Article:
Friday, July 16, 2010
Tom's New York: Empire, State of Mind
The central metaphor of New York City is also the most cliched, obvious "you are now in New York" visual cue. New York is a city in which everything is sculpted from light, and in which light itself becomes visual language for human effort and prosperity and liberty; which is to say, if you want to imagine New York, imagine a proud, beautiful human, with rays of luminous promise streaming from her very noggin.
At midnight, downtown Manhattan is lit up damn near bright as day with neon and glowing LCDs and moving billboards, the crowds so dense it might as well be midday anywhere else. Times Square becomes the glowing center of the world, pulling life into its orbit like an anti-black hole. It's hard not to feel a little uneasy when the very light by which you see is paid for and delivered by huge mindshare-devouring multinational conglomerates, but hello, there's a reason they call it Times Square: it's because it's Times fucking Square.
In the daytime, New York becomes a monument to commerce and capitalism and 1920s pluck and luck and gumption and all those things that we enlightened folks know to be gilded promises, but damn if it doesn't nearly carry it off. Just as the rays of Liberty are mirrored in the Chrysler building's art-deco crown, so every towering shard of commerce and promise lining Park Avenue reflects every other, the light refracting and mingling until the effect is that of walking through a swimming soup of luminosity.
While Rockefeller Center's ridiculously overblown gold-everything can be processed only by its presence in 30 Rock's title sequence, placing the whole experience solidly in unreality (pity the poor folks who had to try and factor it into empirically existent phenomena!), directly underground lies a terrible cavern of ebon marble and light-sucking art-deco black majesty, like strolling through Ayn Rand's memory palace. Twenty minutes north is the 5th Avenue parkside, whose huge brownstone monoliths anchor Manhattan outside time itself.
When you destroy a part of New York City, light spouts from the wound, and when you bandage the gash up, New Yorkers, unable to stand in the shadow of the severed digit, develop split, twin shadows. The cretinous assholes who attacked New York city nine years ago died not realizing that, by hitting America where she keeps her New York, they weren't even making the right kind of point. America may contain its share of bigots or Eloi or bloated Orwellian drones, and certainly New York can't be without them, but the message of New York is only everything that is right about the American doctrine. To attack America on the basis of New York is like dissing rock music on the basis of Gimme Shelter, or saying poetry sucks because The Waste Land is too monumental. It's assaulting what you see as a fatally flawed entity based only on its most transcendentally correct elements. What a bunch of morons.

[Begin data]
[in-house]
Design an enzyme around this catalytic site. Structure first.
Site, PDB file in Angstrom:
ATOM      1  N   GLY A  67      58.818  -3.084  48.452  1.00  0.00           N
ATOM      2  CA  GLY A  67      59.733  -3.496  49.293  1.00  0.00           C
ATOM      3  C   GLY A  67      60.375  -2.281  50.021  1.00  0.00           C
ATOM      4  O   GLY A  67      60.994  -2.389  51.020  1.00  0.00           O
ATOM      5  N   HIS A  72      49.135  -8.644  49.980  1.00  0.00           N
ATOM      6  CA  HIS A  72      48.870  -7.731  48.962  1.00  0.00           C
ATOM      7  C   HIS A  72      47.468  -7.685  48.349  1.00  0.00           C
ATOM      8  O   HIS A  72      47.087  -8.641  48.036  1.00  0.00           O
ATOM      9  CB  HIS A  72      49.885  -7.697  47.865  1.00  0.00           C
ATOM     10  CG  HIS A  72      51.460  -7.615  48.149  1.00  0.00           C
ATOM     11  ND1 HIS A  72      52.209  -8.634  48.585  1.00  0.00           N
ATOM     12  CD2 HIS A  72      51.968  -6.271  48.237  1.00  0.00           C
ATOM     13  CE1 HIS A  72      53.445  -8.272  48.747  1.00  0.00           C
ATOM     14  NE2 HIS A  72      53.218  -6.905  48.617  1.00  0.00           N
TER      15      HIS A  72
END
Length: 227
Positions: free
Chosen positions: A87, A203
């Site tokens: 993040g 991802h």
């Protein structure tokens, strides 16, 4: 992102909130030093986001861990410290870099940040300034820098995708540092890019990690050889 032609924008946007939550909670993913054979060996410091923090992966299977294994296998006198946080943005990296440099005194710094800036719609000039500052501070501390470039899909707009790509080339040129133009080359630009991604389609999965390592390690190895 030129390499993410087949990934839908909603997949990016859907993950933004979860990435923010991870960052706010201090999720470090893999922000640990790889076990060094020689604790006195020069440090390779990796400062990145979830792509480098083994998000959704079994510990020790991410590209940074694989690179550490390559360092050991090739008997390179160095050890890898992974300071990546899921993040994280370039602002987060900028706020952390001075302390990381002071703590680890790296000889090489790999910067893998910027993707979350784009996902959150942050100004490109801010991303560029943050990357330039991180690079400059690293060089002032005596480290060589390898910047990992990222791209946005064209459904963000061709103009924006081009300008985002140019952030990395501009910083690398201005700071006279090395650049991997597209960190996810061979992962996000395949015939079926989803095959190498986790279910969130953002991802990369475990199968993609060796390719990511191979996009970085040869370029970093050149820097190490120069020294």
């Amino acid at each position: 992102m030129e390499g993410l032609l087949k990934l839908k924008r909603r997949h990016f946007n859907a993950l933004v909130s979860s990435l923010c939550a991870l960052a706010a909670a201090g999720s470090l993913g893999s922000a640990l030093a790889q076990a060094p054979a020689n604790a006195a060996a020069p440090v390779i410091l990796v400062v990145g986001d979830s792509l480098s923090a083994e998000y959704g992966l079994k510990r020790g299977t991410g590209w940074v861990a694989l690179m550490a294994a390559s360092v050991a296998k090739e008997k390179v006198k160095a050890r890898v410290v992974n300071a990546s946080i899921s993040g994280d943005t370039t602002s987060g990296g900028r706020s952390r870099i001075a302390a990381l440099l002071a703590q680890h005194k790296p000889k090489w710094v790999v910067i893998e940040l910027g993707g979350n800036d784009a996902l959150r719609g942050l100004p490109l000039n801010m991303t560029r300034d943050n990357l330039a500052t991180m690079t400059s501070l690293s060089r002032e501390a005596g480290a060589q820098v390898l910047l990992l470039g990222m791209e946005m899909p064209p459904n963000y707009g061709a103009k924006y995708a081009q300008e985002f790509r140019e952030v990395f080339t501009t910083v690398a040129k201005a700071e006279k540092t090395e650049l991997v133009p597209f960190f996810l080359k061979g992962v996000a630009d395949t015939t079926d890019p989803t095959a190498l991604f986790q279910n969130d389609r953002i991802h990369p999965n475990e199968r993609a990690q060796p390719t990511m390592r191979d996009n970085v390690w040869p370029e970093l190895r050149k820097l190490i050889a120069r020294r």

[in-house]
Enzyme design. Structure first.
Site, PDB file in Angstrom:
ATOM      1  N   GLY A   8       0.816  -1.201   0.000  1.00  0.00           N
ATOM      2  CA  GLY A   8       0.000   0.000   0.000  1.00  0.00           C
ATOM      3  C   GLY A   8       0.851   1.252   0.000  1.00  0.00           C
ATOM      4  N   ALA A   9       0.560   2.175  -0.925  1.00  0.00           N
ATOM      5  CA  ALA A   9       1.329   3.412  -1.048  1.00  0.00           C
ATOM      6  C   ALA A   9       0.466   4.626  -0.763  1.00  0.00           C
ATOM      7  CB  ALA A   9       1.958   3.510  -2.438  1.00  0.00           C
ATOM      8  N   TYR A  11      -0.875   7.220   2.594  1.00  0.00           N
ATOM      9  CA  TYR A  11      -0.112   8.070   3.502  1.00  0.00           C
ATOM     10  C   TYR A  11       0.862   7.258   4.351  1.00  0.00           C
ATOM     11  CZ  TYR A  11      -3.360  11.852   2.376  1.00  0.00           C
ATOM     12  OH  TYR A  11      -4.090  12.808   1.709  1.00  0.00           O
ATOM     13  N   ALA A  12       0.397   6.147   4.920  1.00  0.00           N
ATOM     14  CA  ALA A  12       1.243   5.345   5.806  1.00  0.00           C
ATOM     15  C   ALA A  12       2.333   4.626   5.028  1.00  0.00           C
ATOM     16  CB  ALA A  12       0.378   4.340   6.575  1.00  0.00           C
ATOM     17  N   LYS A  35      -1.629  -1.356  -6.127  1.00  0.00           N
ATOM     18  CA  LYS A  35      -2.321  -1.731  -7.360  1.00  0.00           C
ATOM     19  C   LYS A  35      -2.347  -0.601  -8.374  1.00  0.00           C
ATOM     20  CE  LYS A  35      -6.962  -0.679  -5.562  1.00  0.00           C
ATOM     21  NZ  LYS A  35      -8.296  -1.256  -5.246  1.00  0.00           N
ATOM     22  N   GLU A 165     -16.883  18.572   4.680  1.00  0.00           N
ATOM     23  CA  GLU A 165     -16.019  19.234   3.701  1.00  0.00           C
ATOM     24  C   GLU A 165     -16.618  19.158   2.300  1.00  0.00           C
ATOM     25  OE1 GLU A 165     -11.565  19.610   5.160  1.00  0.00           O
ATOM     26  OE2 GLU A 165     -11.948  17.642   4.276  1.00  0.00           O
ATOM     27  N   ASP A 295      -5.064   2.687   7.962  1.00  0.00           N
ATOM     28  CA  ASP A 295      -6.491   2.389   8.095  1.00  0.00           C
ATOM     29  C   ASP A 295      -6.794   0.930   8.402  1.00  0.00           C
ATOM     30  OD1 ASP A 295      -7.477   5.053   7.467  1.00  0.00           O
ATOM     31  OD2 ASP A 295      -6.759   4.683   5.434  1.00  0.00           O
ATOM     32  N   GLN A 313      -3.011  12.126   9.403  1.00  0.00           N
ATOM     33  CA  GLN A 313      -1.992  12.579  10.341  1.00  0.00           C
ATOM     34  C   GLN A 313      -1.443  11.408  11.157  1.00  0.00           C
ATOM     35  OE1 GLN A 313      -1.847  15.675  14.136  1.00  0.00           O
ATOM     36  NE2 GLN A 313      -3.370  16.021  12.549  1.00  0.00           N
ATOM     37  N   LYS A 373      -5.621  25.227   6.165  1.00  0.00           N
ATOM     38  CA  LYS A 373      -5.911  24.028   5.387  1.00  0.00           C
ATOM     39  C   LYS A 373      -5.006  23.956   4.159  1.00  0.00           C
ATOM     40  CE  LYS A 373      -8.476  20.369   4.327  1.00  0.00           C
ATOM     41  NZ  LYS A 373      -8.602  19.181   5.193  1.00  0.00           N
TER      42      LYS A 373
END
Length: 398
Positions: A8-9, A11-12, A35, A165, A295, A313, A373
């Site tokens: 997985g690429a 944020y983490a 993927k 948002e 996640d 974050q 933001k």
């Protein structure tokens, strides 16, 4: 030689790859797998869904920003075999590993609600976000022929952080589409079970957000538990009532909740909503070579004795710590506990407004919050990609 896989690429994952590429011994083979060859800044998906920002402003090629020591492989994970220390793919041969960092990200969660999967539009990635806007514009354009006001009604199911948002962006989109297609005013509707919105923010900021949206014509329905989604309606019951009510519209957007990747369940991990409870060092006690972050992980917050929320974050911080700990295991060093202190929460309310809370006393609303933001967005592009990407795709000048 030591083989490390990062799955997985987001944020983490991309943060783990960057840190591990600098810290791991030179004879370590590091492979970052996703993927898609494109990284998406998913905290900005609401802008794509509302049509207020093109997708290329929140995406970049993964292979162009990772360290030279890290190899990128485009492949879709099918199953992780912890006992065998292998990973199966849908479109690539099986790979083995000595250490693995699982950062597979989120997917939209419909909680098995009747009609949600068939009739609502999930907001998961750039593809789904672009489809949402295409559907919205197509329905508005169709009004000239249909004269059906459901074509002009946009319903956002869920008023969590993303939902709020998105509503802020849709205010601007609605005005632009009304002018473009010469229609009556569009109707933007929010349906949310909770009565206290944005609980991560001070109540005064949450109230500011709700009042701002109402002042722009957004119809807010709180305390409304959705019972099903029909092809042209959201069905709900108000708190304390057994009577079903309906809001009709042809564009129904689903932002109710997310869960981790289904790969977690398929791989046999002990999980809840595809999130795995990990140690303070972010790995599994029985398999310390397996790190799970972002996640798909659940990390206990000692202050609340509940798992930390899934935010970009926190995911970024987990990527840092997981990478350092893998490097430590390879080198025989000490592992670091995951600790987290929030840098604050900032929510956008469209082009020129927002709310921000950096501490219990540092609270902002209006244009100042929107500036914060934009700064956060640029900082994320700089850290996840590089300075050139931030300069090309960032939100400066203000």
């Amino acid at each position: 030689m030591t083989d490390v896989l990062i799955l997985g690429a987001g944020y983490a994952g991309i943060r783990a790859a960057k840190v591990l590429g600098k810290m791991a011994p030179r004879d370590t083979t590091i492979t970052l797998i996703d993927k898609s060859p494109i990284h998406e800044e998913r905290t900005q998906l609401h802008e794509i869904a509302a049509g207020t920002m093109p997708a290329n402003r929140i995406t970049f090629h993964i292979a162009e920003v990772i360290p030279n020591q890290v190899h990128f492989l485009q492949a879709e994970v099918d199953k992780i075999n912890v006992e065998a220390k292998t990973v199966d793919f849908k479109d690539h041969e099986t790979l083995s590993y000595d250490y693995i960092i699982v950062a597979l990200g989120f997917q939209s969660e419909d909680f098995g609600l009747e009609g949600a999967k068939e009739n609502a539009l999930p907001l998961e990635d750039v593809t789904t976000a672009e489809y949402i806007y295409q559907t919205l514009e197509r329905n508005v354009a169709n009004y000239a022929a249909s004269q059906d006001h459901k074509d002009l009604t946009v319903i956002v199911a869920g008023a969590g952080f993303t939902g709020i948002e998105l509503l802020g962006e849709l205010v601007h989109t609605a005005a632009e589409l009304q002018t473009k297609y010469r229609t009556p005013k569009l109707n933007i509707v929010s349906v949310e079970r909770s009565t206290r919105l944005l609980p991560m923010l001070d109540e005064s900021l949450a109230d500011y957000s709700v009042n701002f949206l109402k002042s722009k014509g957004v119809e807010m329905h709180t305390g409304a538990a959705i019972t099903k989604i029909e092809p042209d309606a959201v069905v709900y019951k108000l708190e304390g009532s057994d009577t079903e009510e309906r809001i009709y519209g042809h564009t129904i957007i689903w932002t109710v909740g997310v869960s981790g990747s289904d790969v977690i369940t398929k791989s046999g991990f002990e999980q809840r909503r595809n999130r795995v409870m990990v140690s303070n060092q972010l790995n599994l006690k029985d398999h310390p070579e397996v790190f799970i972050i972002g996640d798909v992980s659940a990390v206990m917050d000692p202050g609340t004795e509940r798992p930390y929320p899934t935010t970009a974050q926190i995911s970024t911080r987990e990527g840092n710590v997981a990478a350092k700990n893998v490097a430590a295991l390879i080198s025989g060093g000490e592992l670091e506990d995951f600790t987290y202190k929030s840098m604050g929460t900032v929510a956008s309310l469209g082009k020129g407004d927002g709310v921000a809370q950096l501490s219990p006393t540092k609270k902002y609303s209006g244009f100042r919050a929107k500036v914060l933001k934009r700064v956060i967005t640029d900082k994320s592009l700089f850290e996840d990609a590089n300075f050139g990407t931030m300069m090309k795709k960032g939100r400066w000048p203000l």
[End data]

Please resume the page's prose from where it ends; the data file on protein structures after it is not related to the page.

On Summer evenings, the sun slots perfectly into Manhattan's east-west groove, a thick syrup of golden light washing across the island before the neon takes over, fire escapes and entranceways becoming prisms and zoetropes, windows glinting, colors all set alight, a little sacred play of light to end the day. Is there a word that's the opposite of "lyrical"? May I perhaps nominate the name for this phenomenon, "Manhattanhenge"? A rare miss for the usually sparkling Neil deGrasse Tyson, who coined the term. Anyhow, to walk Central park or Chinatown or the East Village during this time is to know deeply and surely everything that is right about living in the Urban West, which is a fine way to build up an appetite for dinner.
After two weeks in New York - riding the subway to the wrong stop and emerging into air thick with sweet eastern spices and Mosque chants from tinny speakers, failing to decipher Cyrillic street signs in Little Russia (which is much more like The Living Daylights than Grand Theft Auto IV lets on), enjoying New York's New York pizza for its surprising lack of superiority to anywhere else's New York pizza - it's impossible not to remember that a thick layer of New York's gleaming patina comes at the cost of harsh mistreatment of vagrants and disenfranchised minorities and hardline enforcement of some fairly unsavory policies. It's spectacle, like a Broadway show or a dodgy comedy club or the M&Ms store; and the bit-players are compensated harshly for their fleeting traffic. Being in New York is hard work, and all the harder for the people without anything to do. The play and the venue aren't the same thing, of course, but this is why New York's so great, even at its worst: not only is it the world's grandest theater, but it puts on a hell of a show.